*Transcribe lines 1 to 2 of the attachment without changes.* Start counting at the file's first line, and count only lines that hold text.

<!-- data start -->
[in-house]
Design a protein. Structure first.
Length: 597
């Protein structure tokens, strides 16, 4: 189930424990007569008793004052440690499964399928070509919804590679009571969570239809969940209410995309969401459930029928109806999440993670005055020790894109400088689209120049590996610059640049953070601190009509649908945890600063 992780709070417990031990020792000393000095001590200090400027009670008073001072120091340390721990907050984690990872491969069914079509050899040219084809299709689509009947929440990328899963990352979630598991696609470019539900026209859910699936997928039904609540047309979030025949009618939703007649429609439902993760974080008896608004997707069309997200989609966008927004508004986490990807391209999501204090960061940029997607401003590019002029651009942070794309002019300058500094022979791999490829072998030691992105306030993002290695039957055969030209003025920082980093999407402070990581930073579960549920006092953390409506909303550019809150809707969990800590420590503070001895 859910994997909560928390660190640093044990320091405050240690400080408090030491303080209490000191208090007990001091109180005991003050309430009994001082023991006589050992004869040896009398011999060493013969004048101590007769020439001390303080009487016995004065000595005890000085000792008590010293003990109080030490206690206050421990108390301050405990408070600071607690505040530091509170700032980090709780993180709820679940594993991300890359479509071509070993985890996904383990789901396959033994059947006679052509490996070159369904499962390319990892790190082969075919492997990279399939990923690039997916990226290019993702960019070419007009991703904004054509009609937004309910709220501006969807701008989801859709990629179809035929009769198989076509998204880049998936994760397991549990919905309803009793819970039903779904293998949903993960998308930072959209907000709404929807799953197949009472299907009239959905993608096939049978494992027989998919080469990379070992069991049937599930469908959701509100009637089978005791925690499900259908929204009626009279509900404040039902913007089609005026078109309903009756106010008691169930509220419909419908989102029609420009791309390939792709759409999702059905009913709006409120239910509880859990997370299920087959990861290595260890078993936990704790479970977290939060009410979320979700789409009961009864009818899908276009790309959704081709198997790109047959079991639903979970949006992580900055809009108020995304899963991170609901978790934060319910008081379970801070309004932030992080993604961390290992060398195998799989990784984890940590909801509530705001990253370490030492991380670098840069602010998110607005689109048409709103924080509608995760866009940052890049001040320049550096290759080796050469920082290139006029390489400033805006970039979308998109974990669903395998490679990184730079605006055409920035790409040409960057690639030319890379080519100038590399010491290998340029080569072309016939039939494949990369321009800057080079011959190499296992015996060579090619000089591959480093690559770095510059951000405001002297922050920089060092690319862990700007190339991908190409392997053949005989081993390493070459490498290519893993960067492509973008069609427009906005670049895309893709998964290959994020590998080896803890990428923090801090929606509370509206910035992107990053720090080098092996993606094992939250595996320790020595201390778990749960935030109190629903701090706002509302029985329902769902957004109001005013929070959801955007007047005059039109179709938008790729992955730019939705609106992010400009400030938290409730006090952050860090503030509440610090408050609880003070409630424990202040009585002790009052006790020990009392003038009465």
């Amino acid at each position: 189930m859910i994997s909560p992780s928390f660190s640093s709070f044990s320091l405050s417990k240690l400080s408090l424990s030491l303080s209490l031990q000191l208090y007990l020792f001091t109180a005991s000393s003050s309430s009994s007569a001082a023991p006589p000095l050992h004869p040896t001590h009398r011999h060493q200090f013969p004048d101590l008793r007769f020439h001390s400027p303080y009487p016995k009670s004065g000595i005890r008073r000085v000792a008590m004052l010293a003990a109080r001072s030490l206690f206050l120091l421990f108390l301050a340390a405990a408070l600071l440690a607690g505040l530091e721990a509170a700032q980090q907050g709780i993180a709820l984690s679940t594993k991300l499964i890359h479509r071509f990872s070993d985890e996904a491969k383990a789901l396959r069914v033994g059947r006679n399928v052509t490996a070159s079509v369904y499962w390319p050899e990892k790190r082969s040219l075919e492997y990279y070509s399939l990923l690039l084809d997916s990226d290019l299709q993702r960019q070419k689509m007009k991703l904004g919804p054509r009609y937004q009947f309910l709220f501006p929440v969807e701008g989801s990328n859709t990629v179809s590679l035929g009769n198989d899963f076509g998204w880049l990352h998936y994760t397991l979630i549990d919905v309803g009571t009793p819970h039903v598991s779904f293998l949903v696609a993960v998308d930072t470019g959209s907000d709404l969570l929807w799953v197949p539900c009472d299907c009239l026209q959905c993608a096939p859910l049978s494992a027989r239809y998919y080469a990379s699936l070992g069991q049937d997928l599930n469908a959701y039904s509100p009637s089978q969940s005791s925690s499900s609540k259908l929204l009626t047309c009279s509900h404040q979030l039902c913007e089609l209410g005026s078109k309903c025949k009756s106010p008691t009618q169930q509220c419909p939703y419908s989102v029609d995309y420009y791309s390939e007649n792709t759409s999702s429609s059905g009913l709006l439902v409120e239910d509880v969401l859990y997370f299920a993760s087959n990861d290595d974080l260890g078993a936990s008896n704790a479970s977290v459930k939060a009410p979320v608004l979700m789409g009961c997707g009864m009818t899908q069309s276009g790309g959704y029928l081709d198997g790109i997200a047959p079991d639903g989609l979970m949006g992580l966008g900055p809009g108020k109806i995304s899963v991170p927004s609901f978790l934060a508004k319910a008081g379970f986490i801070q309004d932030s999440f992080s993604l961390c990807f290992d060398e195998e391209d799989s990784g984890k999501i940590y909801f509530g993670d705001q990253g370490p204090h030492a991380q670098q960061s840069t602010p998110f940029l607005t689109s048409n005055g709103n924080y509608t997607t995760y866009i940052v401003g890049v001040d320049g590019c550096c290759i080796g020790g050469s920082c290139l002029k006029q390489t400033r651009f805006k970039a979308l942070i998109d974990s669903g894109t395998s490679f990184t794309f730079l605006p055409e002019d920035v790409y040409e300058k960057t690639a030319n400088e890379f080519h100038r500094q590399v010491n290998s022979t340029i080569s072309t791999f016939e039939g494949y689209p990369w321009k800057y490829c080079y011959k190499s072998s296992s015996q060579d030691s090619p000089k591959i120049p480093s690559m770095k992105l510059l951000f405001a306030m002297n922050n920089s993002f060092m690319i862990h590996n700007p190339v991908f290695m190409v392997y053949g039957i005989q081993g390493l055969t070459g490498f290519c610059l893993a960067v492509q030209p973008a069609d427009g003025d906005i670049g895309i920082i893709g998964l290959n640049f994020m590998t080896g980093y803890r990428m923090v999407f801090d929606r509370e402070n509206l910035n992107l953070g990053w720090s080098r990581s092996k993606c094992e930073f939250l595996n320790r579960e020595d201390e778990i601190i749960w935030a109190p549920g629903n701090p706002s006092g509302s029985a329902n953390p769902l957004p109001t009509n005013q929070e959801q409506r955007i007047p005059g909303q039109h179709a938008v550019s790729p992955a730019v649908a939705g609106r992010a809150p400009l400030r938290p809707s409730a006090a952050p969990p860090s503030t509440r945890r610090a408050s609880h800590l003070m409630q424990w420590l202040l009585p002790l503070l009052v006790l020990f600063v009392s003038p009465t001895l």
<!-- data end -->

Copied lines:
[in-house]
Design a protein. Structure first.